# BLG 335E – Analysis of Algorithms I Project 1 solved

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## Description

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Overview
Hearthstone™ is an online collectible card game developed by Blizzard Entertainment. The
gameplay is turn-based, using constructed decks of thirty cards and a selected hero of a
designated class. Players use their limited mana crystals to cast spells or summon minions to
attack the opponent, with the goal to reduce to opponent’s health to zero. Each player is
provided a set of basic cards to build decks from, but they can add new cards to their
collection over time that allow different synergies. Some cards are available only to specific
classes, while others are available to all. Winning matches can earn in-game gold, which can
be used to buy card packs and expand one’s card collection. Expansions are periodically
released, bringing new card sets and further customization to the game.
A view of the in-game card manager
You will implement sorting routines for a card manager for Hearthstone. You are provided
three different card collections with 10 000, 100 000, and 1 000 000 cards. These collections
are organized in tab-delimited text files (hs-set-[10k|100k|1M].txt), formatted as follows:
NAME CLASS RARITY SET TYPE COST
Soulfire Warlock Basic Basic Spell 1
Blubber Baron Neutral Epic Gadgetzan Minion 3
Al’Akir the Windlord Shaman Legendary Classic Minion 8
Molten Blade Warrior Rare Un’Goro Weapon 1
Dalaran Aspirant Mage Common Grand Tournament Minion 4
You will sort these collections based on the following two sorting procedures:
 Full sort: All cards will be sorted first by CLASS, then by COST, and finally by NAME. The
result of this sorting procedure must yield results identical to the supplementary files with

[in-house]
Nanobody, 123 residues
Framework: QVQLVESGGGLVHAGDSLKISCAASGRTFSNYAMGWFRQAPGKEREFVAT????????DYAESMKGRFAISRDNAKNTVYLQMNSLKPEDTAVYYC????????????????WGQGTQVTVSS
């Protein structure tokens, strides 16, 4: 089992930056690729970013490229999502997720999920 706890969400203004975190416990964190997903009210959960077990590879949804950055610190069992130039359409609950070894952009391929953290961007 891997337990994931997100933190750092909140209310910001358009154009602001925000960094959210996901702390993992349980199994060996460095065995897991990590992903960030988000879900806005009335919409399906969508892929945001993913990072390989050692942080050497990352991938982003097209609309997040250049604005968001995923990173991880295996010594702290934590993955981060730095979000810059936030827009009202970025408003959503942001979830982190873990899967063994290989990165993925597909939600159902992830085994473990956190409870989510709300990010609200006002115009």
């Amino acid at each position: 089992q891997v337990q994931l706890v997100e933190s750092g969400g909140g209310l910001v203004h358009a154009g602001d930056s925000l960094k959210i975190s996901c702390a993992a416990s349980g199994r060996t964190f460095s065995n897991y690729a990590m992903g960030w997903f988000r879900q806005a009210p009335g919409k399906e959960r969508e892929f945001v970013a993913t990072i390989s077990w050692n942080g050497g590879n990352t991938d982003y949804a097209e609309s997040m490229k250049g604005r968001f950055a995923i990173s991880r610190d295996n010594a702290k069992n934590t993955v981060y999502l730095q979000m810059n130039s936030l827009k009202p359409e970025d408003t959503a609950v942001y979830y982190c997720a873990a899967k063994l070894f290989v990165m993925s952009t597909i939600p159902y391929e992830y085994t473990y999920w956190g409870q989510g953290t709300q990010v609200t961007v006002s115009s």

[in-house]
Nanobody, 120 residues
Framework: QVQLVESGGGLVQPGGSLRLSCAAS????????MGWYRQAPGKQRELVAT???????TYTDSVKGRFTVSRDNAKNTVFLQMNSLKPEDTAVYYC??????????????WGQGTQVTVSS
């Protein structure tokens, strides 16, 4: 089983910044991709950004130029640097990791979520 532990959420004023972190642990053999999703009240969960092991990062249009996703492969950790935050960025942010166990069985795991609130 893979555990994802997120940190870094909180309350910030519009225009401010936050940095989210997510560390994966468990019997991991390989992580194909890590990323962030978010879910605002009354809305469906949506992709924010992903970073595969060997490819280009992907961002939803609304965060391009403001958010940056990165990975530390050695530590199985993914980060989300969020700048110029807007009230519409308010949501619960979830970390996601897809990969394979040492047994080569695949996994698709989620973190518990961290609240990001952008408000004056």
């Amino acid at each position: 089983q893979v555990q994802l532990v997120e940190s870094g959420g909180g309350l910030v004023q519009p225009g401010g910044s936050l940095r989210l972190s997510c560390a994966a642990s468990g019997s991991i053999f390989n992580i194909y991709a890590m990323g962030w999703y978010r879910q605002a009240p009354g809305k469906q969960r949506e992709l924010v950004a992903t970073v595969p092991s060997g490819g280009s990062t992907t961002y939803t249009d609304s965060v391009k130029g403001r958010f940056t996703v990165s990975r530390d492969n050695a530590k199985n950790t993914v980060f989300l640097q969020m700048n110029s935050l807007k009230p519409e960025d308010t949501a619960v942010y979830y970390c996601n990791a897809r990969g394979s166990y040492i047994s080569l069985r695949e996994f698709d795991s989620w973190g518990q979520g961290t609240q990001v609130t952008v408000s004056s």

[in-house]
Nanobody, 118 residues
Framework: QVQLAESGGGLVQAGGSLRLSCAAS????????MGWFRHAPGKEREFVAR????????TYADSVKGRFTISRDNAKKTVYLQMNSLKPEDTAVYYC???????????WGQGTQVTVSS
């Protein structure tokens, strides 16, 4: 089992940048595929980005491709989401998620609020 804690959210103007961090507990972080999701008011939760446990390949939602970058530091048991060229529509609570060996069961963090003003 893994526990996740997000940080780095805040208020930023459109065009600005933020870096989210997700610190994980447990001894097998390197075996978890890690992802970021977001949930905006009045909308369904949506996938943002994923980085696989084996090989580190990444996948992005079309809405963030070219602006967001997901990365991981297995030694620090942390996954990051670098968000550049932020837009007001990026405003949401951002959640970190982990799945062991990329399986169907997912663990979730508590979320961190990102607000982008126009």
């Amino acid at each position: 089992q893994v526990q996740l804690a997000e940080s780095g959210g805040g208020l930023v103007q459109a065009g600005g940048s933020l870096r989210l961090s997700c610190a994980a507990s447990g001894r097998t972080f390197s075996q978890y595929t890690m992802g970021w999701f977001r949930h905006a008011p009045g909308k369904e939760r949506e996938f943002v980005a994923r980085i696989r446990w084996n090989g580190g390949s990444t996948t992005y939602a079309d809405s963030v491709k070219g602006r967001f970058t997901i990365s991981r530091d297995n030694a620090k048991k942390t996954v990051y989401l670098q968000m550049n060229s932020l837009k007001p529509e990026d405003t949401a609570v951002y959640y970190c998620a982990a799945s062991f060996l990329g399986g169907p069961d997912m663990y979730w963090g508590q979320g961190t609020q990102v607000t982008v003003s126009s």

the –sorted affix, provided along with the data sets for reference.
 Filter sort: All cards will be sorted only by TYPE. Collections sorted with this procedure
must display cards with the same TYPE together as an undivided consecutive block, but the
cards within the same TYPE block can remain unsorted with respect to each other.
Furthermore, you will implement both insertion sort and merge sort in your code, and apply
both algorithms to each of these sorting procedures, measuring runtimes for each execution.
For the smaller data sets, it is suggested that you re-run your sorting code in a redundant loop
multiple (e.g. 1000) times, then divide the measured runtime by the same number, to achieve
higher granularity in your runtime measurement. This is not mandatory, but is useful for
getting better measurements if your sorting passes finish almost instantaneously.
Code (60 points)
Implement the insertion sort [20 points] and merge sort [20 points] algorithms in C++. Write
your program in a class called CardManager encapsulating the necessary methods and
attributes corresponding to the algorithms and data structures you will require for this project.
Your program must write the sorted output in a separate file [10 points], and print the time
elapsed by the sorting procedure on the console [10 points].
Your class must have the methods fullSort(…) and filterSort(…) that
respectively perform the full sort and the filter sort procedures described earlier.
You must also include a main(…) function in your code expecting four string values as
command line arguments. The first argument can be either –full or –filter, specifying